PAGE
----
Sixties nostalgia is a curious thing—make-a one man weep, make another man sing. Tom Scholz—the guitarist/mastermind/evil genius behind Seventies arena rock behemoth Boston—is one of those people for whom the Sixties never quite ended. I mean, yeah, he can see all of us with our turbo rocket backpacks and Martian girlfriends and such, and recognize it’s not 1967, but in his mind, it’s the Summer of Love, year-round, every year.

Eight years elapsed between Boston’s second and third albums—a longer period of time than the span between Please Please Me and Let It Be—and fans of Scholz and company were left to wonder what Tommy and his band of merry New Englanders were up to. Rumor had it that Scholz had joined a hippie commune and had spent the fortune he’d earned from music trying to discover the best way to rotate marijuana and rutabaga crops in upstate Massachusetts. In reality, though, he had spent the time in various other, non-hippie-related pursuits, namely a) litigation with his record company, b) developing a way to cram a Marshall stack into a box he could wear on his belt, and c) making fun of his contemporary Meat Loaf, who had gone from Bat Out of Hell to Loaf Out of Luck in just eight short years.

Alas, the period of quietude was certain to end, and end it did, in 1986, when Scholzasaurus and the mighty Boston Rawk Party finally managed to crap out Third Stage. Now, the band’s first album had been introduced to an unsuspecting world by “More than a Feeling”—a tremendous, anthemic song, don’t you agree? Don’t Look Back came out of the gate with “Don’t Look Back”—another tremendous, anthemic song. Third Stage—eight years in the making—opened with none other than “Amanda,” a tremendously schmaltzy, limp-wristed ooze of a ballad.

Boo.

Hiss.

Where the hell was the “More Than a Feeling” sound? “Long Time” was long gone. No one, certainly not Scholz, appeared to be “Smokin'” much of anything. Though it shot up the charts like my blood pressure at the sight of Glenn Beck, Third Stage managed but one decent rocker, a turbo-fueled humdinger called “Cool the Engines.” But the bulk of the record seemed empty of all that made the band the stadium-rockin’ juggernaut they had been the previous decade.

The album’s finest moment, however, was reserved for its final moment—the most powerful of power ballads, the majestic “Hollyann.” Now, what is one to think of an album that starts out with a devotional to one woman (the aforementioned “Amanda”) and ends with a paean to a different woman? The answer may lie in the context of each song. “Amanda” is pure weepy, loviny-doviny, we’re-gonna-be-together-forever-and-I-gotta-impart-this-revelation-to-you, sentimental mush, albeit impeccably recorded mush (the acoustic guitars sound like they’re piped in from heaven itself).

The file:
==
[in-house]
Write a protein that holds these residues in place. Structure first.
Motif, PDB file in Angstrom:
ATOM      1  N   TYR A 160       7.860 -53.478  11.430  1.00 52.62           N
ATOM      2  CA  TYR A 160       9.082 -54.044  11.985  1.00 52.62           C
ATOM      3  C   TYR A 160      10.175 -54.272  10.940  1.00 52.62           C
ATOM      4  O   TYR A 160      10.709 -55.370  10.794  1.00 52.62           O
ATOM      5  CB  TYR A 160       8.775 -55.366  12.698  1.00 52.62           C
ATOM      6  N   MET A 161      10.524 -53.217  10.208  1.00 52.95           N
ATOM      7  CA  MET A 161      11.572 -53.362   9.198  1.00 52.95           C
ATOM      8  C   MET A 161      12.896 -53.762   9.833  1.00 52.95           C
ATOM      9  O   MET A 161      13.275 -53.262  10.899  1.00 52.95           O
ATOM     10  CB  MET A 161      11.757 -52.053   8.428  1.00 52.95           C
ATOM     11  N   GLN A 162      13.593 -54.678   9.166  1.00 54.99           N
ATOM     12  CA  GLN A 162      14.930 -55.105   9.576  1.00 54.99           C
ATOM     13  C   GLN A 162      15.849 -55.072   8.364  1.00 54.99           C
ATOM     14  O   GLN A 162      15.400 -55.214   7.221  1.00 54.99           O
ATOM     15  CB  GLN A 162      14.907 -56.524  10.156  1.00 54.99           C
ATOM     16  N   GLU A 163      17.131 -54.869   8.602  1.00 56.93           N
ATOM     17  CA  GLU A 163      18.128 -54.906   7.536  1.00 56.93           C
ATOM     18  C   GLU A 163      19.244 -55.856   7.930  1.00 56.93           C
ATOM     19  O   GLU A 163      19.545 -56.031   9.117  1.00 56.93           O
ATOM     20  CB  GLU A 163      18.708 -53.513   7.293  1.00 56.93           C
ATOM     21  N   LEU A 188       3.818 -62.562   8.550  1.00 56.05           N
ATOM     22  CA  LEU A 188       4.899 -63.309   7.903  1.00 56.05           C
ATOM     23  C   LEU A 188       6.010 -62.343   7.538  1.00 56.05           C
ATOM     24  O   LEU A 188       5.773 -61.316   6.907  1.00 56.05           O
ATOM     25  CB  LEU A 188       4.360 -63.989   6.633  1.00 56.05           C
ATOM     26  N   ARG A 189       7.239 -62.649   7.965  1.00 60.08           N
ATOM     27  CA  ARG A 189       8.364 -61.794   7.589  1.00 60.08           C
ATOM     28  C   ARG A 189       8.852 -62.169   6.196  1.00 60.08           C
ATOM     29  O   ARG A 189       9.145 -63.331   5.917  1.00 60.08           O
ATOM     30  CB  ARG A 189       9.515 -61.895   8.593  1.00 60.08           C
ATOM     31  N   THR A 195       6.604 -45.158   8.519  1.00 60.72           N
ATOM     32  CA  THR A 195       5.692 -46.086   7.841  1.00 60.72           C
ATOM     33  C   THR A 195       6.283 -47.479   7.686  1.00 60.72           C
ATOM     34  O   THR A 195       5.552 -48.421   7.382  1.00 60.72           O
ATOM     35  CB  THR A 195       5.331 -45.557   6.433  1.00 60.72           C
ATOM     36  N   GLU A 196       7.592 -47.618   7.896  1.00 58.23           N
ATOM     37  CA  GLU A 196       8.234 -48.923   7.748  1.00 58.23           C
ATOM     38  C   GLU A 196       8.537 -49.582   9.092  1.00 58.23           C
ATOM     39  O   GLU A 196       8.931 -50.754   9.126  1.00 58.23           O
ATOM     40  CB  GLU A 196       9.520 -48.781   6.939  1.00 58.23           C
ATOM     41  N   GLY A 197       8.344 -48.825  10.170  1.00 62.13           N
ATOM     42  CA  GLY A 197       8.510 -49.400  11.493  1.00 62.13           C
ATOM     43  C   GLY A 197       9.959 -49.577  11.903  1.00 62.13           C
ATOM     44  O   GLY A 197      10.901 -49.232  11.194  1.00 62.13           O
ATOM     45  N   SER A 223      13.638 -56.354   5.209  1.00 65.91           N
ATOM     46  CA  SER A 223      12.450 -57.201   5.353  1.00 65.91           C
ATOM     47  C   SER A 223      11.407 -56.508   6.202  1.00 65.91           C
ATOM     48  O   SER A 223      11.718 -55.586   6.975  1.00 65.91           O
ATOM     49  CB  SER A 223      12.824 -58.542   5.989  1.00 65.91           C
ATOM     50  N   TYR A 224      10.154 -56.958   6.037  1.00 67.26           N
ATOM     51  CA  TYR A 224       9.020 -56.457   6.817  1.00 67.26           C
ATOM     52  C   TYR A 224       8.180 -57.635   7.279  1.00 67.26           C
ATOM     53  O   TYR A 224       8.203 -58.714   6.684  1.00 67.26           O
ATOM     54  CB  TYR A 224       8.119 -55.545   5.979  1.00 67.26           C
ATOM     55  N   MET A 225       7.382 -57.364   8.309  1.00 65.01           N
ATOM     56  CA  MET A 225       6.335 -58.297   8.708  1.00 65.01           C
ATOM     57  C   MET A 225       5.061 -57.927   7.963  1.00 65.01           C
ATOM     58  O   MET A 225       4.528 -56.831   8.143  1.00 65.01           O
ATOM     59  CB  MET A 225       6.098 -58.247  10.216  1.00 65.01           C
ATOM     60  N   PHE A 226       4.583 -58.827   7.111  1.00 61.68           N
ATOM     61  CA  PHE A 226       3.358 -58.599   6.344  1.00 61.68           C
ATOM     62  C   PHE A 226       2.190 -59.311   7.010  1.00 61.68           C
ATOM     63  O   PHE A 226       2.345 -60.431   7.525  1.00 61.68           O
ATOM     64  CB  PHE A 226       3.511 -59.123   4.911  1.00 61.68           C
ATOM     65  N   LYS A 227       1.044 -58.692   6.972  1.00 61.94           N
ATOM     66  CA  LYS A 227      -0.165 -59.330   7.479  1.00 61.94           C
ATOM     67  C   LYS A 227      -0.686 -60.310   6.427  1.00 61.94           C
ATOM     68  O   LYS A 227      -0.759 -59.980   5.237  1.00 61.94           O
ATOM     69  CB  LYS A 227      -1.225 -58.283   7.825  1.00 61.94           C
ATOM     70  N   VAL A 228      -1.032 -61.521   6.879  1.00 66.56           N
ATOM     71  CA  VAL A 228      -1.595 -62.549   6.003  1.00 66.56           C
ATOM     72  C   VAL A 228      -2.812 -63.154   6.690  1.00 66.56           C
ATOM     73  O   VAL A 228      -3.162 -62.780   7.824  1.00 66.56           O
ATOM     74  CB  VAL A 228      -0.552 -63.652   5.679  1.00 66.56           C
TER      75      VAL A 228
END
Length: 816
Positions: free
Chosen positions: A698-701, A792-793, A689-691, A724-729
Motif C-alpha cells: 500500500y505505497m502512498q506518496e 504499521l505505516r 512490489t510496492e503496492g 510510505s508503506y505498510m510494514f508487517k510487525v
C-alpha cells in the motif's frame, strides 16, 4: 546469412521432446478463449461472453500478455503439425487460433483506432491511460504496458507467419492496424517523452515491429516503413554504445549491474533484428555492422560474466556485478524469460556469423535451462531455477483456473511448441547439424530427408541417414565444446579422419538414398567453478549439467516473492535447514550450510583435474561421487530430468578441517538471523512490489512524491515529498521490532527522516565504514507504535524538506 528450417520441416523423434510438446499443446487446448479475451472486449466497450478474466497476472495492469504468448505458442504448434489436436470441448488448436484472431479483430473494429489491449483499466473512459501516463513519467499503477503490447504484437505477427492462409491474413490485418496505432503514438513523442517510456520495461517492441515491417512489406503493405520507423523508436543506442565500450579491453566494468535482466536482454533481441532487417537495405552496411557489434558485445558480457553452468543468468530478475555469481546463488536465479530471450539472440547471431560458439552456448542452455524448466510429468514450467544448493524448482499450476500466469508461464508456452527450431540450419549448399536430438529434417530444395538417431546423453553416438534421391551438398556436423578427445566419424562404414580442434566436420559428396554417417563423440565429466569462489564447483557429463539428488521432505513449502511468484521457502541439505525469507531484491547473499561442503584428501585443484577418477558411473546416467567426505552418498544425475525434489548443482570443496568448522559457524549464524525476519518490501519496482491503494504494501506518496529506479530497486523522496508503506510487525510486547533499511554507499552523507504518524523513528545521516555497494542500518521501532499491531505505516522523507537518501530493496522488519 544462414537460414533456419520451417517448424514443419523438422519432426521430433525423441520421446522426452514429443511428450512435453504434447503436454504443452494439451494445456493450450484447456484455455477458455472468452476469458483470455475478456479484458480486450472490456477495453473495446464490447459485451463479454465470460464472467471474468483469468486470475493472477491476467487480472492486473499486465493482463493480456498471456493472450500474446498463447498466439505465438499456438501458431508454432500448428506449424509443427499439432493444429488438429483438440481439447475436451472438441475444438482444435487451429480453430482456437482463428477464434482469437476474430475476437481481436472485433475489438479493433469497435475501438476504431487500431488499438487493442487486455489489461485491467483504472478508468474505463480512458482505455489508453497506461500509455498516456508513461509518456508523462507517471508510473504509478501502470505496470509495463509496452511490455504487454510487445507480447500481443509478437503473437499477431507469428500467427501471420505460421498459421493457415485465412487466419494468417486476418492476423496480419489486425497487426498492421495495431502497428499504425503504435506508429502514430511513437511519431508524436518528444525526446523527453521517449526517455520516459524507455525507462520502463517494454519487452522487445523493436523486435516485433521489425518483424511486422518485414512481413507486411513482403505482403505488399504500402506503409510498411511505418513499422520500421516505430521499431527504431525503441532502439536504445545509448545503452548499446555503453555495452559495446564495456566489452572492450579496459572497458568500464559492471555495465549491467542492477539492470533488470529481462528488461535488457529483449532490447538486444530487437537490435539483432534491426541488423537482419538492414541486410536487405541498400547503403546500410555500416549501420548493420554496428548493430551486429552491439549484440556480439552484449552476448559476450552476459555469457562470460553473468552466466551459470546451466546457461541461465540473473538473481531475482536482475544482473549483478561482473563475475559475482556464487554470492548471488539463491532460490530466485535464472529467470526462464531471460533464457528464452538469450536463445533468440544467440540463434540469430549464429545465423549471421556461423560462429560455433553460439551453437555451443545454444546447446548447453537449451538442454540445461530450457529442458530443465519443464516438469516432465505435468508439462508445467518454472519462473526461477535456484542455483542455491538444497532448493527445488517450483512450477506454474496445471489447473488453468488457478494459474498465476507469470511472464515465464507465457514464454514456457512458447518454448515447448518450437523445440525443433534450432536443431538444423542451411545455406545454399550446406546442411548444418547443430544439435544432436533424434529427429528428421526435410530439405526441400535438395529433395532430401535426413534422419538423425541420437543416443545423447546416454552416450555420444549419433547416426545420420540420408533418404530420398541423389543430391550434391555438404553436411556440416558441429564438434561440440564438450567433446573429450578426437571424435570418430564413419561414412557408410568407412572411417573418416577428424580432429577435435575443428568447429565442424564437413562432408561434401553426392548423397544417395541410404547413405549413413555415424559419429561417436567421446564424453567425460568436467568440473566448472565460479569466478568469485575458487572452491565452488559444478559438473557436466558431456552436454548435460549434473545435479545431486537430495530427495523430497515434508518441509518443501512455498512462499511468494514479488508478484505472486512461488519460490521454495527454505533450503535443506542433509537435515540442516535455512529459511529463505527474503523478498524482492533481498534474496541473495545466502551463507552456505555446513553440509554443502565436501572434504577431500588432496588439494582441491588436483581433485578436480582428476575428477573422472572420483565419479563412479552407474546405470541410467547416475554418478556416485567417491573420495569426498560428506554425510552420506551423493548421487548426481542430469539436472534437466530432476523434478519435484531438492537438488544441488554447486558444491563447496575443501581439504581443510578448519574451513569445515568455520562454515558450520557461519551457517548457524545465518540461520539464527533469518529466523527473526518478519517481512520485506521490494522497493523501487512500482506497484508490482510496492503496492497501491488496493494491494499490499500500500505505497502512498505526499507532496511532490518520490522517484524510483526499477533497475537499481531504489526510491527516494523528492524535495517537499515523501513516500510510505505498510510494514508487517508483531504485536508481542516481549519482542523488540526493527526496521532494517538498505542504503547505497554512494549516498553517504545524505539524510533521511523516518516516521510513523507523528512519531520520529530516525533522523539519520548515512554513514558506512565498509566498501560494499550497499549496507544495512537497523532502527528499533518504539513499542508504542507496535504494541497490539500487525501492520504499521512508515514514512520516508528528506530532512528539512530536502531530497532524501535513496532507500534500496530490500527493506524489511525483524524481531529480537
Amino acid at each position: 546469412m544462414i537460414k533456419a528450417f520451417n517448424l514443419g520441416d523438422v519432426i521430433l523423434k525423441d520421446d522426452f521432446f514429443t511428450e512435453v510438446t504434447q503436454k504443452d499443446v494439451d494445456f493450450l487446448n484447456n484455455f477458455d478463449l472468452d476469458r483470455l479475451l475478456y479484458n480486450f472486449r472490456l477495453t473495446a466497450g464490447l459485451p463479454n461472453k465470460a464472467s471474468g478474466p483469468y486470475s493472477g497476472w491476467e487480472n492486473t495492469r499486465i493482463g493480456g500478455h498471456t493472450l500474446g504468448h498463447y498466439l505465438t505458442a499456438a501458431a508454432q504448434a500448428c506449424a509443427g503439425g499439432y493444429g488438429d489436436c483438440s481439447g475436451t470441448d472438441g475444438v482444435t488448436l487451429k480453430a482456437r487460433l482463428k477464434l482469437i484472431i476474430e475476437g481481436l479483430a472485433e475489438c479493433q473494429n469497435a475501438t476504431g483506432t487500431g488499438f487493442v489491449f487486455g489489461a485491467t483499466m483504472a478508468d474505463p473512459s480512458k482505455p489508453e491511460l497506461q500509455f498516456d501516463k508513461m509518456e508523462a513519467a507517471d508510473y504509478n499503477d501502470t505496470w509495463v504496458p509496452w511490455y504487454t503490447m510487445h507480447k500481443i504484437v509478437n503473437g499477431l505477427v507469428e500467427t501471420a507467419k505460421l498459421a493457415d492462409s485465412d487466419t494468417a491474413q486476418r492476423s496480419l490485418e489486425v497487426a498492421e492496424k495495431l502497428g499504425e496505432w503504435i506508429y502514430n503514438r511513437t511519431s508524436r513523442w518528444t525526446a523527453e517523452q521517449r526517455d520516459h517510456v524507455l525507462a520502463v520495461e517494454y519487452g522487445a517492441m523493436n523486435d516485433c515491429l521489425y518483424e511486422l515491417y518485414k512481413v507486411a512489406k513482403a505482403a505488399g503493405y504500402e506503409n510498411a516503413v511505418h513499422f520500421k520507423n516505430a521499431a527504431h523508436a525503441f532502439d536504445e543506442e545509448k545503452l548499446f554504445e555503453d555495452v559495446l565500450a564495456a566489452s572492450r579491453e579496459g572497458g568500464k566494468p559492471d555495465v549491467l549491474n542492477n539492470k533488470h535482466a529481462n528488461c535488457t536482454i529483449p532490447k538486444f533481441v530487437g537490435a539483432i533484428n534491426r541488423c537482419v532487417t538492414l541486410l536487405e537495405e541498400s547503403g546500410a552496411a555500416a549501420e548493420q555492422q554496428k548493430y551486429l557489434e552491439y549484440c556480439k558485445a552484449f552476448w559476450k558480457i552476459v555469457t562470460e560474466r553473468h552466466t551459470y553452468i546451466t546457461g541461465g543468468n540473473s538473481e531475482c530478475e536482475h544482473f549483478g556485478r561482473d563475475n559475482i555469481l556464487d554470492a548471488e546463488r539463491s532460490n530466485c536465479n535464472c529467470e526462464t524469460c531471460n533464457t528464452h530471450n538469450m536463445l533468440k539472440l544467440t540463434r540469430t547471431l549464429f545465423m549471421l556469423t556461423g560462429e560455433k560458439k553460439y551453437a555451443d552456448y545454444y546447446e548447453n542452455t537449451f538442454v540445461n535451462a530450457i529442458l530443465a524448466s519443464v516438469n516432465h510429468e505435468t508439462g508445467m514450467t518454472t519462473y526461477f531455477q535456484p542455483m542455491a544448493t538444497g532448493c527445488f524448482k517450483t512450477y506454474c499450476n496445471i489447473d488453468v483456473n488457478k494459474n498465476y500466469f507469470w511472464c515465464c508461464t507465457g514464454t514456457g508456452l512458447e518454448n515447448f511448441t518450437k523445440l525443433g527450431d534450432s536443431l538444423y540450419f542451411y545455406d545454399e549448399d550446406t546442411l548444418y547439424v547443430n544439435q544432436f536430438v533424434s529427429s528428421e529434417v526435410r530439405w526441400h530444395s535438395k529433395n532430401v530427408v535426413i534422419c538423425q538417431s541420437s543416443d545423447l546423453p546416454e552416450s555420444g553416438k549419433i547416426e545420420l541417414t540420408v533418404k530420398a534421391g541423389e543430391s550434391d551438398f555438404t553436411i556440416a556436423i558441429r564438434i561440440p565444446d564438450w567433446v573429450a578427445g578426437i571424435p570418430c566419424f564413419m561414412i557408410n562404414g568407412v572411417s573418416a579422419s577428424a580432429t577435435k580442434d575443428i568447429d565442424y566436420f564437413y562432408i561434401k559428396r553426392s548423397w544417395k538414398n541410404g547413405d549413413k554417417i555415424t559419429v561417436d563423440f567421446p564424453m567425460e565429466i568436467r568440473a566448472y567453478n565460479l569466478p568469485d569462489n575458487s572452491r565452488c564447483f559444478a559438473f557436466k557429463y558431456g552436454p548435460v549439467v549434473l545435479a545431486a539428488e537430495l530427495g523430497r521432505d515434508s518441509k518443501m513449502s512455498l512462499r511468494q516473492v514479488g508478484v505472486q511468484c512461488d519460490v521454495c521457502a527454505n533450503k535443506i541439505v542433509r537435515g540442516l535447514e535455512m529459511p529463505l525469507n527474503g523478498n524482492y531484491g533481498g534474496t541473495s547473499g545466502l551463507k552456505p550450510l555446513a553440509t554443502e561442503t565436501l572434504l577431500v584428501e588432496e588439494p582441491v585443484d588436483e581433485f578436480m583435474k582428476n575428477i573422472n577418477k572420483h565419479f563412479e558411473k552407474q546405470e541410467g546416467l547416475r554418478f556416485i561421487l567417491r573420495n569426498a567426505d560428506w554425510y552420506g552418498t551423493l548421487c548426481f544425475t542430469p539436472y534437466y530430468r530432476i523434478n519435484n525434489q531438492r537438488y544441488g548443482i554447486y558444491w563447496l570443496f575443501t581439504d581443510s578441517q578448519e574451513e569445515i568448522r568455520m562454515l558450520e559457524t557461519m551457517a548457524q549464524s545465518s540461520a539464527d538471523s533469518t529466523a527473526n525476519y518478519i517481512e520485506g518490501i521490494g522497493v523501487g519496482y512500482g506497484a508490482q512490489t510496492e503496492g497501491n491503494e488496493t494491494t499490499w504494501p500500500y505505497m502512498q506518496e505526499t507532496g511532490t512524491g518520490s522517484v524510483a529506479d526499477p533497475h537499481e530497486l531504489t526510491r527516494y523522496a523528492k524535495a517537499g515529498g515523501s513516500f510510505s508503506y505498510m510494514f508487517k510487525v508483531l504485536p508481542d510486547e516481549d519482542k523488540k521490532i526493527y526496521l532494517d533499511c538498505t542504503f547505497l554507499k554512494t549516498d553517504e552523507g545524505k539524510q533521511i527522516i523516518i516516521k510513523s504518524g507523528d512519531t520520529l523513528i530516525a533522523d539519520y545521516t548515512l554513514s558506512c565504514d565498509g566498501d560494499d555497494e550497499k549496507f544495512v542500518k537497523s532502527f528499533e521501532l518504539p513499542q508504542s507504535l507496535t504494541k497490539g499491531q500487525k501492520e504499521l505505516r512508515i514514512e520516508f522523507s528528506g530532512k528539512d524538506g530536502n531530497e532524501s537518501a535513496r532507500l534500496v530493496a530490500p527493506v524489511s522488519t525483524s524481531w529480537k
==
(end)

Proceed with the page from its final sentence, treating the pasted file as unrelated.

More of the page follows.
“Hollyann,” however, packs all of Tom Scholz’s Summer of Love nostalgia and happy hippie vibe into five loud, power-chord-fueled minutes. Addressing the lovely Hollyann directly, he notes that in his mind, “I can see reminders of a past decade” (pronounced decayed by likewise hippiefied pipesman Brad Delp). He reminisces about “the nights you came to me / A blue jean lady so eager to be free” (of course, freedom’s just another word for being stoned, naked, and horizontal in a pasture somewhere). “Aquarius was really meant to be,” he marvels later. Time was when that sentiment would be answered with nods and “yeah, man”‘s and such; by ’86, though, that time had long since passed.

As with the best examples of the power ballad arts, though, the chorus is where the money is. A swell of about 300 iterations of Scholz’s guitar meet an army of 475 Delps in the middle of the studio and, instead of doing battle, they dance like hookers in a Pat Benatar video:

Hollyann
We made the dark into the light.
We saw the wrong and the right.
We were for life
And we would never concede it.

Hollyann
We left the world behind
A million hands gave the sign
We held the line
Can you believe it?

The Delp army wins—the harmonies that converge on the phrases “never concede it” and “can you believe it” never cease to give me goose bumps. Of course, a line like “A million hands gave the sign” opens up all manner of possibilities to the snarkmeister in me (the middle finger, of course, but also the devil horns, the surfer “hang loose,” or even my favorite sign language figure). In all, though, it’s a lighter-worthy chorus, anchoring the song and encapsulating its nostalgic sentiments.

I imagine, however, that all the positive Sixties vibes Scholz espoused were tested when Boston went on tour shortly after Third Stage was released and insisted on devoting a segment of each concert to playing the album in its entirety. It’s not difficult to envision what sign the audience’s hands were giving during that particular death march, but at least they knew that it would culminate with a mighty ballad about peace, love, and “freedom.”

Yes, Sixties nostalgia is a curious thing, but when placed in this decidedly Eighties musical framework, it can also be a powerful thing. Can you believe it?

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